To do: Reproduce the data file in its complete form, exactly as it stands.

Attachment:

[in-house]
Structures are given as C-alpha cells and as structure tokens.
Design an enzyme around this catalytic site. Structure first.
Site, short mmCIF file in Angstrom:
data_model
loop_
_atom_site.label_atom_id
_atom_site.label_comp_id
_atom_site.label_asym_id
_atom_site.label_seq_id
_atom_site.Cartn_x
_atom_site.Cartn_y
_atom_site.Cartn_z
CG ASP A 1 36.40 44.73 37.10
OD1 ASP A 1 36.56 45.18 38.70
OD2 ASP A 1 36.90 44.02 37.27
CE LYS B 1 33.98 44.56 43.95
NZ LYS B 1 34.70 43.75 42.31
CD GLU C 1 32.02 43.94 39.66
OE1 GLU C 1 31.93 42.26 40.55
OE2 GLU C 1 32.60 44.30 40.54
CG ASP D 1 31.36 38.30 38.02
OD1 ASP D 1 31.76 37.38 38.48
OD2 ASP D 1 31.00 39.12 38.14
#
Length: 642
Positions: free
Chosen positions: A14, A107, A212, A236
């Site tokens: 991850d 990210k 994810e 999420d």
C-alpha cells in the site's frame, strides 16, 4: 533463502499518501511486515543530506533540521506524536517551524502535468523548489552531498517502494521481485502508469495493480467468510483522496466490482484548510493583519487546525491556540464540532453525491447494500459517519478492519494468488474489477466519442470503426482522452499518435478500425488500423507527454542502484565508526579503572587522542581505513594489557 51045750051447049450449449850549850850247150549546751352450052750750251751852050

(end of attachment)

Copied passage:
[in-house]
Structures are given as C-alpha cells and as structure tokens.
Design an enzyme around this catalytic site. Structure first.
Site, short mmCIF file in Angstrom:
data_model
loop_
_atom_site.label_atom_id
_atom_site.label_comp_id
_atom_site.label_asym_id
_atom_site.label_seq_id
_atom_site.Cartn_x
_atom_site.Cartn_y
_atom_site.Cartn_z
CG ASP A 1 36.40 44.73 37.10
OD1 ASP A 1 36.56 45.18 38.70
OD2 ASP A 1 36.90 44.02 37.27
CE LYS B 1 33.98 44.56 43.95
NZ LYS B 1 34.70 43.75 42.31
CD GLU C 1 32.02 43.94 39.66
OE1 GLU C 1 31.93 42.26 40.55
OE2 GLU C 1 32.60 44.30 40.54
CG ASP D 1 31.36 38.30 38.02
OD1 ASP D 1 31.76 37.38 38.48
OD2 ASP D 1 31.00 39.12 38.14
#
Length: 642
Positions: free
Chosen positions: A14, A107, A212, A236
């Site tokens: 991850d 990210k 994810e 999420d």
C-alpha cells in the site's frame, strides 16, 4: 533463502499518501511486515543530506533540521506524536517551524502535468523548489552531498517502494521481485502508469495493480467468510483522496466490482484548510493583519487546525491556540464540532453525491447494500459517519478492519494468488474489477466519442470503426482522452499518435478500425488500423507527454542502484565508526579503572587522542581505513594489557 51045750051447049450449449850549850850247150549546751352450052750750251751852050